The Toad Interviews the Willard Grant Conspiracy
[Warning: this article is pretty long – it continues below the break – but there will be some mp3s at the end. Please leave feedback if you like it, because I have the opportunity to do a few more of these and it’s something that I am definitely up for if it’s something you find interesting.]
Robert Fisher is the leader of Toad favourites the Willard Grant Conspiracy in much the same way that Howe Gelb is Giant Sand and Bill Callahan is Smog. He may be the centre of a cloud of musicians nearly forty-strong, but the true core is still Fisher himself.
What is it that they do that’s quite so compelling then? Well a couple of things really. First and most obvious is Fisher’s quite amazing voice. It’s deep and dark, lush and emotive, dragging you into songs and able to stir an inner response far in excess of almost anyone else I can mention. There is a dark, sad atmosphere to the music that is incredibly distinctive, even on Let It Roll, from their recent album of the same name, which spirals into a frothing rage, or on Fare Thee Well where it ascends into a melancholy so deep it’s actually oddly uplifting.
As he travels the world Fisher seems to collect musicians, finding new and interesting people to work with and weaving bits of them into his music. But it all, no matter how much the music itself changes, still ends up being quite obviously still the Willard Grant Conspiracy. I got into the group for the first time when I heard a version of Twistification recorded as part of an In the Fishtank collaboration with TeleFunk. It’s a bizarre splicing of European electronica and the Willards’ trademark dark Americana, but to me it still sounds clearly a part of the Willard Grant Conspiracy.
As a result of all these disparate collaborations, and of touring with anything from a full band with string section to a suitcase and a couple of guitars I think I’ve heard a half dozen versions of several WGC songs already. I mentioned to Fisher that there must be dozens of versions of almost every song floating around his head at any one time and he responds quite fiercely that “there is no ‘version'”.
It is this idea of clouds of versions existing around the intangible core of a song that helps to define just what the Willard Grant Conspiracy really are. Fisher showed real vehemence a couple of times during the interview, the first in annoyance at the band frequently being labelled alt-country by reviewers and writers. I have some sympathy for them: I myself am particularly lax with this sort of thing as I don’t think it’s particularly meaningful – I throw the term Americana about with reckless abandon and it may be lazy, but these generalisations can be useful.
The thing is, they can also be dead wrong. “What the hell am I supposed to have in common with someone like Merle Haggard?’ demands Fisher, with frustrated bewilderment. How he does describe himself helps explain the network of musicians he has accumulated and the allergic reaction to the idea of there being a definitive version of a song. These are attributes of folk music, where songs were passed down from generation to generation, often becoming barely recognisable after centuries of Chinese Whispers, and songs which were passed on whenever like-minded groups of musicians came together and traded songs and swapped their stories. Much, it seems, like Robert Fisher.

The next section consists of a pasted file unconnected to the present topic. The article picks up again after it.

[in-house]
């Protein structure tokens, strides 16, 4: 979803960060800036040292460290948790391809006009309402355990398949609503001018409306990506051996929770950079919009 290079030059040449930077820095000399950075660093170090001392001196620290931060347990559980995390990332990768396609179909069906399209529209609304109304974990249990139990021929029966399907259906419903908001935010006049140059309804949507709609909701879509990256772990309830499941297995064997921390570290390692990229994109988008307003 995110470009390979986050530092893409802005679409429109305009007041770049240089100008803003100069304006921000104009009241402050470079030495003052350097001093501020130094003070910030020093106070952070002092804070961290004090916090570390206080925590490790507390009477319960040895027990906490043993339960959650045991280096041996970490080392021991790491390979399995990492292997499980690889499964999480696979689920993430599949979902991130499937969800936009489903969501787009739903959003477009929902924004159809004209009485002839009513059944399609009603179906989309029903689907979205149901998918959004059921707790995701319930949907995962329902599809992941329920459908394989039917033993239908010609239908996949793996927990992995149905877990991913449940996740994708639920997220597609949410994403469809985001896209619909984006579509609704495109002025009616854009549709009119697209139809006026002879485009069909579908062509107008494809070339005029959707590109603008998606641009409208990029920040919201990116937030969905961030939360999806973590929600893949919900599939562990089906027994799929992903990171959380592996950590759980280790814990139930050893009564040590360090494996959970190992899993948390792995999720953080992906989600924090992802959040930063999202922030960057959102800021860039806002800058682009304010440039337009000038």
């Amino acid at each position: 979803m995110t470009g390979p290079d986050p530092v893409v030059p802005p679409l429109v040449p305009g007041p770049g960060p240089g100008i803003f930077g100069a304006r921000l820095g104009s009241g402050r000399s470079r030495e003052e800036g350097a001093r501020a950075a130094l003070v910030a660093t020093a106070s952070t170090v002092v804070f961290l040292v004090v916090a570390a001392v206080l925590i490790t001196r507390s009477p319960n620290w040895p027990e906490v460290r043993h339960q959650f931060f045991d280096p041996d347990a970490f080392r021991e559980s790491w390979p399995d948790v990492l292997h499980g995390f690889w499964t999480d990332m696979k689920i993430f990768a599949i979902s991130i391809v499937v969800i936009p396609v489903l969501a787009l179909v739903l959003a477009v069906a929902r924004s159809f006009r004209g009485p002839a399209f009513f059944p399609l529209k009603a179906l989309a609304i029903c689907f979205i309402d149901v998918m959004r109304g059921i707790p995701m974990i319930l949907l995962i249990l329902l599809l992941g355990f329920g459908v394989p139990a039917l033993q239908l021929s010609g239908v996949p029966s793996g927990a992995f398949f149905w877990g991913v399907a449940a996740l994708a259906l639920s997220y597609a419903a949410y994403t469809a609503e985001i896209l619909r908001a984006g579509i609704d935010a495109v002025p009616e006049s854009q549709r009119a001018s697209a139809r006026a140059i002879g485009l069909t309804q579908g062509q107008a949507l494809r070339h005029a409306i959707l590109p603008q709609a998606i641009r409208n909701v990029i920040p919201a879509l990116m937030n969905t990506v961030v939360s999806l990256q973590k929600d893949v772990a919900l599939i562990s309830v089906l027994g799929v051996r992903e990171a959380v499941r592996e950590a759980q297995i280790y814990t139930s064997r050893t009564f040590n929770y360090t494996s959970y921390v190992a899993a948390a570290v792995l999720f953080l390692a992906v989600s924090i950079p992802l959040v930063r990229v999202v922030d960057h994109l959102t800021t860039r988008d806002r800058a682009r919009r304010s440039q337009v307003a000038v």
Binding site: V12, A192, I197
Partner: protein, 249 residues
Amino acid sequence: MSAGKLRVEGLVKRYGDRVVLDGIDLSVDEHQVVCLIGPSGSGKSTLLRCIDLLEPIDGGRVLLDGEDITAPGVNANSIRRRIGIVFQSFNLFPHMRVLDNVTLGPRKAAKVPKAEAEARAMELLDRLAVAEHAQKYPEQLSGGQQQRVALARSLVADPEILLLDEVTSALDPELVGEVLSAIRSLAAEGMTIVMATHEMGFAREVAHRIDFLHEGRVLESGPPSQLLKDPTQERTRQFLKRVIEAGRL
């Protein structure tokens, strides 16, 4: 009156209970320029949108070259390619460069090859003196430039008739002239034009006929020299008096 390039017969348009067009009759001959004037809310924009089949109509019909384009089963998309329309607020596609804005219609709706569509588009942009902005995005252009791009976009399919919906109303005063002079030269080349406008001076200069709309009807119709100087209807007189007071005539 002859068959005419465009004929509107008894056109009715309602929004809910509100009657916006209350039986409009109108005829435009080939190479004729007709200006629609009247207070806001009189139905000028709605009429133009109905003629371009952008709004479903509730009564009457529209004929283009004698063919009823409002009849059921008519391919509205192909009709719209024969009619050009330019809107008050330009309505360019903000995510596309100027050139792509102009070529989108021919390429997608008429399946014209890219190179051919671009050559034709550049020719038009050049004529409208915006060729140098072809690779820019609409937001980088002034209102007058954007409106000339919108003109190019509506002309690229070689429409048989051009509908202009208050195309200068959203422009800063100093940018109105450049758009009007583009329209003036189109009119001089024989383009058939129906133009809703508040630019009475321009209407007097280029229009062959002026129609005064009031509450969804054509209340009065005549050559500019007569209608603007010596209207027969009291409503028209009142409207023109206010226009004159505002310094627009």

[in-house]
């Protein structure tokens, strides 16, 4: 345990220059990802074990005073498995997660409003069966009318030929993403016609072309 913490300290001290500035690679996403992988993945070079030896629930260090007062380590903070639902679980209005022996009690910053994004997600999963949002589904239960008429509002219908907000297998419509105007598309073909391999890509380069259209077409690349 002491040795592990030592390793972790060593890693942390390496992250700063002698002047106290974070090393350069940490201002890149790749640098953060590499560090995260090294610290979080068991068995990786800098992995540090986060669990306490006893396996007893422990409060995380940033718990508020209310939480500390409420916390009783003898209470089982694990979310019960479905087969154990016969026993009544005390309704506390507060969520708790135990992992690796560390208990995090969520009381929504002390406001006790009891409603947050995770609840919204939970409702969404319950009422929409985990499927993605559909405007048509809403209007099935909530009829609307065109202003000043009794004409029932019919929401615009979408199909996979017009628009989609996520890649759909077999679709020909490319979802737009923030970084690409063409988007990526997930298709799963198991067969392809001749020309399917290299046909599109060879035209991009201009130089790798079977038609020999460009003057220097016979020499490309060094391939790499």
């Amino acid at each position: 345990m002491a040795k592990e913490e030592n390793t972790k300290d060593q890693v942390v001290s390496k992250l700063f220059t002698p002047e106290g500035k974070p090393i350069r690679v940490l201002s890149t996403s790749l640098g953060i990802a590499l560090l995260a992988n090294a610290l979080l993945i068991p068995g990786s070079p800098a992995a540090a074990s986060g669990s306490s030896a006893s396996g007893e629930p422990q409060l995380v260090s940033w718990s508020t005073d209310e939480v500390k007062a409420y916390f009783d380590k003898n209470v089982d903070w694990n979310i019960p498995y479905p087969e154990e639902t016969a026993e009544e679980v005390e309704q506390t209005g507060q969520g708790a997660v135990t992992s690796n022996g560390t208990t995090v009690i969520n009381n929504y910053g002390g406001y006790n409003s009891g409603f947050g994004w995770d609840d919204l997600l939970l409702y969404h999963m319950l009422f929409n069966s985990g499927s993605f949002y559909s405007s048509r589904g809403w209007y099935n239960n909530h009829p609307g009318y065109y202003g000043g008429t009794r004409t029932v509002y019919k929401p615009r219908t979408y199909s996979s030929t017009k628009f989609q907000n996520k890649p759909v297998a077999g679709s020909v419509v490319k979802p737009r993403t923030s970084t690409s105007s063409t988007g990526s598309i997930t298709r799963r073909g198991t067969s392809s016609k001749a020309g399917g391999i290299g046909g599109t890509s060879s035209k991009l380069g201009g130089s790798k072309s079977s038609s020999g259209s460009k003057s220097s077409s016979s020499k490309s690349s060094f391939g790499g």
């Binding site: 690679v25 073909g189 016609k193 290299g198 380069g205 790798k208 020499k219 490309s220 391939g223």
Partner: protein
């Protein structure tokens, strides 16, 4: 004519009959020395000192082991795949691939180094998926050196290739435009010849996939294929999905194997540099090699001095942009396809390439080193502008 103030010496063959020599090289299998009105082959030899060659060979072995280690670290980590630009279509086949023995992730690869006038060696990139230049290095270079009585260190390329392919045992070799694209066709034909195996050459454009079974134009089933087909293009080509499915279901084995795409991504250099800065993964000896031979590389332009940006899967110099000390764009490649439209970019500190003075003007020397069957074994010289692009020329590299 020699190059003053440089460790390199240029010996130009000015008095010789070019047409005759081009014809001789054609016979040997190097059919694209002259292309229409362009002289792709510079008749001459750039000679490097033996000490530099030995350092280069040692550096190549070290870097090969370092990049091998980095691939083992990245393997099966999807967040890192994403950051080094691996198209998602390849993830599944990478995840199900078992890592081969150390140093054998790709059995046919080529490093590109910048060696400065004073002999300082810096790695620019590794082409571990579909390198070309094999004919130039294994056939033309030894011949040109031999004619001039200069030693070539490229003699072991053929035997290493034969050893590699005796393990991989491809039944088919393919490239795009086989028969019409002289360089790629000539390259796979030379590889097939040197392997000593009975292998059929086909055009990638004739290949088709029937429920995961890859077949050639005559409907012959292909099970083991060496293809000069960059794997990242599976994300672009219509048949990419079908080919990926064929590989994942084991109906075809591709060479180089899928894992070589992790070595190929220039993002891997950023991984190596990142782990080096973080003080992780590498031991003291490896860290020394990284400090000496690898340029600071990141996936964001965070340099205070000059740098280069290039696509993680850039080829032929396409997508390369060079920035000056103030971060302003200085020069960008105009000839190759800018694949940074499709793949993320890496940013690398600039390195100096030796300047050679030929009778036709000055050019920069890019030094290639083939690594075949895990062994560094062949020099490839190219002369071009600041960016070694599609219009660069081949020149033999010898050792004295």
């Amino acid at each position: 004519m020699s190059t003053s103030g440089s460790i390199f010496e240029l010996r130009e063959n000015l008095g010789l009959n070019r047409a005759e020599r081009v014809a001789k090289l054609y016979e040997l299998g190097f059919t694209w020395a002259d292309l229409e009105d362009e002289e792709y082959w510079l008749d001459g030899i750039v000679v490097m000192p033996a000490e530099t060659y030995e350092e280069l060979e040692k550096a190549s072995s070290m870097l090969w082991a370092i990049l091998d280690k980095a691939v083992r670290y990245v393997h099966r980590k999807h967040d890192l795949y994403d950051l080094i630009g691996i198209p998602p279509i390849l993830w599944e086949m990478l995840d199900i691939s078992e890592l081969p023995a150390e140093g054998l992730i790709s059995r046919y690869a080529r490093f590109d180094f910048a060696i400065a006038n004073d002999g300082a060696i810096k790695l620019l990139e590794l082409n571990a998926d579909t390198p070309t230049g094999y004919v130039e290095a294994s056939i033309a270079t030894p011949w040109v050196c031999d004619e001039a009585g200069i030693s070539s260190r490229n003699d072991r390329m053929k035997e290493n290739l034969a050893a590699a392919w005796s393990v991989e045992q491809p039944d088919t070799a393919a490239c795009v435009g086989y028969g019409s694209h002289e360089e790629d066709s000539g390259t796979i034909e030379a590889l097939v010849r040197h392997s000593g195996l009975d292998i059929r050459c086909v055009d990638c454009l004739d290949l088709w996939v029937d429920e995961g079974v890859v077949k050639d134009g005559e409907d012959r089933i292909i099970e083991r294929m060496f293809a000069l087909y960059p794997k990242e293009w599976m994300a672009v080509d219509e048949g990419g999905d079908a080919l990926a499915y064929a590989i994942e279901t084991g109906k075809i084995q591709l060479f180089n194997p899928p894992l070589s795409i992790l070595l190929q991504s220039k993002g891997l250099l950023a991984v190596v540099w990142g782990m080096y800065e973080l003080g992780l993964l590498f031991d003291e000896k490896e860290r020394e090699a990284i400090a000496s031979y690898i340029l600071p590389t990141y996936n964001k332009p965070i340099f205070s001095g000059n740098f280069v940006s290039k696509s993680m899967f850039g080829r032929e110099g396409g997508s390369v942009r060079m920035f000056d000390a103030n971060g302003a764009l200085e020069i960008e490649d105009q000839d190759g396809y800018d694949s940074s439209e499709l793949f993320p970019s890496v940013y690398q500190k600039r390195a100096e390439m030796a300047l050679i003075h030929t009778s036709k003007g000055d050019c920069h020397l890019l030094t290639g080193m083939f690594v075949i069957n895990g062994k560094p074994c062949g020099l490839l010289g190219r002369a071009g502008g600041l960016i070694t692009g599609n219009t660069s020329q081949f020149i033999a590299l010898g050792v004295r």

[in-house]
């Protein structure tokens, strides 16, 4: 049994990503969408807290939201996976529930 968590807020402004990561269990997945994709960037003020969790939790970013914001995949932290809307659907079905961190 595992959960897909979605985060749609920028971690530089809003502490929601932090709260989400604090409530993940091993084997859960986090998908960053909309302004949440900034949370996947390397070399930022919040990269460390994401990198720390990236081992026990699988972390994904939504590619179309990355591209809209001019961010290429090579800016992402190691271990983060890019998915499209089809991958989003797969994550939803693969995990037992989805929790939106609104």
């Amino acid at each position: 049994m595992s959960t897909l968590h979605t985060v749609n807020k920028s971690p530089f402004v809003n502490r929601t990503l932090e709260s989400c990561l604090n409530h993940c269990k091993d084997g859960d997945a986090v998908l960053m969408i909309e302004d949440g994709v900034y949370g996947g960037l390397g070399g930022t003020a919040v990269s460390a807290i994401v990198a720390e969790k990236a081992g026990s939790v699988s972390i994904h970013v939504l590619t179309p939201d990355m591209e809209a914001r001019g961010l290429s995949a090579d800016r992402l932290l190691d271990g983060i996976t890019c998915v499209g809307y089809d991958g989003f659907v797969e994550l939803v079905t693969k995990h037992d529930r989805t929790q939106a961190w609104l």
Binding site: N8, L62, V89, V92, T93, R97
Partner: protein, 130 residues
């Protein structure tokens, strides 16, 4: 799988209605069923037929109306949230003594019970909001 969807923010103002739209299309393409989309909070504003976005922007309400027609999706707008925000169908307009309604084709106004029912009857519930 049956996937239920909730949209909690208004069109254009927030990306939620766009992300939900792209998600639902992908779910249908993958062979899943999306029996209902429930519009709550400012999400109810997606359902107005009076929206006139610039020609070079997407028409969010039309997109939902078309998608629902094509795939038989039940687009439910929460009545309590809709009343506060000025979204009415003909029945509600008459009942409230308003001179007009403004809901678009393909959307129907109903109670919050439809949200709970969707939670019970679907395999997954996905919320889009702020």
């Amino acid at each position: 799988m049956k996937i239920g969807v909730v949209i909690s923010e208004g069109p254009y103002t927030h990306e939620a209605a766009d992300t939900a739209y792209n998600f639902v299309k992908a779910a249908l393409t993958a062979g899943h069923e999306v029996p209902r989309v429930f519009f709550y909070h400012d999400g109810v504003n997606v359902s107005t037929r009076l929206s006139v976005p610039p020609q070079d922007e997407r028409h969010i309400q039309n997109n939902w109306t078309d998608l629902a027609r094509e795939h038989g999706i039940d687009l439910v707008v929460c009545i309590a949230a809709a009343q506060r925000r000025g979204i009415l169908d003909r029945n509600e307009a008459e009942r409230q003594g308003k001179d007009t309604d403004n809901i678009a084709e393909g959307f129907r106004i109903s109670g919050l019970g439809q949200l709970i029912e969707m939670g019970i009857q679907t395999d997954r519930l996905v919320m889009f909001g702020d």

Old folk music was almost religious in its nature really. I am not a religious man, so I was a little cautious to suggest to Robert that both religious texts like the Bible and ancient folk songs are no more than morality tales that serve as elaborate parables to teach people how to live their lives, and if they feel the need to terrify you into obedience then they frequently do so. Fortunately, he agrees with this suggestion – there is something of an Old Testament fire and brimstone brutality to a lot of early folk and these qualities permeate his music as well. These are qualities shared by old fairy tales as well. Not the saccharine, lifeless Disney versions you read nowadays, but the horrific, grotesque versions as offered by the Brothers Grimm. “It’s funny you should mention that,” he says “because it’s something I’ve always had an idea to turn into a musical project one of these days, with all the really nasty bits left in. Some people say, you know, Tom Waits should do it but it’s something I’ve always been interested in doing.” Personally, I’d like to hear both.
The religious comparison is an interesting one as well. “I was toying with the idea of doing a gospel album actually, [he has been known to describe himself as a “failed Baptist”] until last year, when everyone did one. But as someone said, a lot of my music is almost gospel music anyway.” He’s right, but then I think of the excoriating Evening Mass from his second album, Flying Low, with the lyrics: “Oh the greedy come a-calling/And oh the needy come a-courting again/ And oh the desperate come up wanting/ the lord has come up empty again.” – and I think that although the music can be similar stylistically and even thematically, the truly devout might baulk slightly at some of the lyrical content!